* South Sudan sails into top terrorism rankings-survey
* Qaeda-linked turmoil keeps Somalia in top risk spot
By William Maclean
LONDON, Aug 3 Somalia is most at risk from
terrorist attack, followed by Pakistan, Iraq and Afghanistan and
the new nation of South Sudan, according to a ranking by global
The consultancy's latest Terrorism Risk Index also assesses
threats to be rising in Yemen, Iran, Uganda, Libya, Egypt and
A Maplecroft statement said increased dangers seen in Yemen
and Uganda were caused by al Qaeda-associated violence, those in
Iran stemmed from attacks by Sunni Muslim rebel group Jundollah
and those in Egypt and Libya originated in terrorist and
criminal attempts to exploit Arab Spring political unrest.
Nigeria is beset by militant raids in the Niger Delta, by
sectarian violence and by radical Islamist attacks in the north.
The top four rankings were unchanged from Maplecroft's
previous survey issued in Nov. 2010 but South Sudan, which came
into being last month on secession for the north, replaced the
Palestinian Territories at number five due to the high average
number of people killed per attack in violence there.
The UK-based company's index rates 198 countries on the
number, frequency and intensity of terrorism attacks, plus the
likelihood of mass casualties occurring. While based on
historical data, it is intended as a forward-looking assessment.
The survey's reporting period of April 2010 to March 2011,
partly overlaps with the June 2009 to June 2010 data used in its
It defines terrorism as the calculated and purposeful use of
violence employed to influence the attitudes and behaviour of
people and governments, and takes its raw data from the U.S.
National Counter-terrorism Center's Worldwide Incidents Tracking
QAEDA OFFSHOOTS SEEN STOKING RISKS
Maplecroft sees 20 states at "extreme risk". Apart from the
top five, these are Yemen 6, Palestinian Territories 7,
Democratic Republic of Congo 8, Central African Republic 9,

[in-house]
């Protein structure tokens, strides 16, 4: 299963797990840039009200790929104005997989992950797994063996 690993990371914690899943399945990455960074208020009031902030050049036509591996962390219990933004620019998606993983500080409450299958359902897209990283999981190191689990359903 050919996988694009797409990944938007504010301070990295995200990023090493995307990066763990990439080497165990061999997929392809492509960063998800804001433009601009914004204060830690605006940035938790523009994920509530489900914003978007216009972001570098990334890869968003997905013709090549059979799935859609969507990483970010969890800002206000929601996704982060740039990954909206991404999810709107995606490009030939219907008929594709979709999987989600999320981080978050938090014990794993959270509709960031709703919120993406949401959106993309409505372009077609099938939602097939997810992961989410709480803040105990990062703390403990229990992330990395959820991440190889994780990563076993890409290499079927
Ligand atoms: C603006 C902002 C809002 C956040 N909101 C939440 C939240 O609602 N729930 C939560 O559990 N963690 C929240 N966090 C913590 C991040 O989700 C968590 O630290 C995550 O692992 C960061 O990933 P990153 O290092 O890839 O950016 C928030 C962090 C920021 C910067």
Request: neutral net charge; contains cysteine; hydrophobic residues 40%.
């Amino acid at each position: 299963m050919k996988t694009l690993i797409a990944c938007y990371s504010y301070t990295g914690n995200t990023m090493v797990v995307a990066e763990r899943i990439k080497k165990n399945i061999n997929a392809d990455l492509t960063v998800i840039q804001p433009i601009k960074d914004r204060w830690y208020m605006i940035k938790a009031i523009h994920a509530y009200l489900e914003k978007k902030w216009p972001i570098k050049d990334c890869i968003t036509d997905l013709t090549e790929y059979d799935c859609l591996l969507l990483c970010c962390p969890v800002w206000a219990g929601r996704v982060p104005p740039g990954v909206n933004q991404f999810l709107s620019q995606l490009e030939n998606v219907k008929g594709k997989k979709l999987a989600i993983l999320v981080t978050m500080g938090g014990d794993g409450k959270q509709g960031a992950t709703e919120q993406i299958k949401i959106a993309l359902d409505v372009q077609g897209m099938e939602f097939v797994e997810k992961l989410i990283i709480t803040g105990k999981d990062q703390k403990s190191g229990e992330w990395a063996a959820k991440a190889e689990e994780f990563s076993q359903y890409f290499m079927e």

Colombia 10, Algeria 11, Thailand 12, Philippines 13, Russia 14,
Sudan, 15, Iran 16, Burundi 17, India 18, Nigeria 19 and Israel
There was an increased risk from regional offshoots of al
Qaeda including Al-Qaeda in the Arabian Peninsula and Al-Qaeda
in the Islamic Maghreb, the survey said, adding that a spate of
revenge attacks by militants in Pakistan following the killing
of al Qaeda leader Osama bin Laden there in May showed his death
had not led to a short-term fall in militancy.
On Somalia, Maplecroft said that despite suffering some
losses in Mogadishu, the Islamist militant group al-Shabaab
continued to hold much of south and central Somalia and "launch
some of the most devastating attacks in the capital" in its
fight against a Western-backed interim government.
South Sudan got its rating "primarily due to the intensity
of terrorist attacks, with an average of 6.59 fatalities per
terrorist incident, almost three times that of Somalia at 2.23."
At least seven rebel militias are fighting the new
government's forces which are trying to establish stability
after winning separation as part of the climax to a 2005 peace
deal ending decades of civil war with Khartoum.
NORWAY LOW DOWN THE SCALE
Despite its elevated risk ranking, the statement said,
"South Sudan's death toll of 211 from terrorist attacks pales in
comparison to the top four countries. Over the same period
Somalia suffered 1,385 deaths, Pakistan 2,163 deaths, Iraq 3,456
deaths and Afghanistan 3,423 deaths, which together account for
over 75 percent of the world's 13,492 fatalities.
Iran continued to experience a small but lethal number of
mass-casualty attacks including a twin suicide bombing in
Zahedan in July 2010, which collectively killed at least 28.
One of the largest changes in rankings was Uganda, which
jumped 20 places to 22 following bombings in Kampala in July
2011 that killed 79 people. The attack marked the first strikes
on foreign soil by al Shabaab.
The only Western European country seen at high risk was
Greece, assessed at 27, down from 24, due to violent left-wing
groups. The next most at risk was Britain, rated at 38, up from
46, while France was at 45, barely changed from 44.
The survey period did not cover an attack in Norway by
anti-Muslim zealot Anders Behring Breivik, who killed 77 people
in Oslo and a nearby island.
After the attack, some analysts argued that terrorism
monitoring had been skewed towards the threat of violence from
Muslim groups, ignoring the danger posed by far right
The survey rated Norway at a lowly 112.
(Reporting by William Maclean; Editing by Myra MacDonald)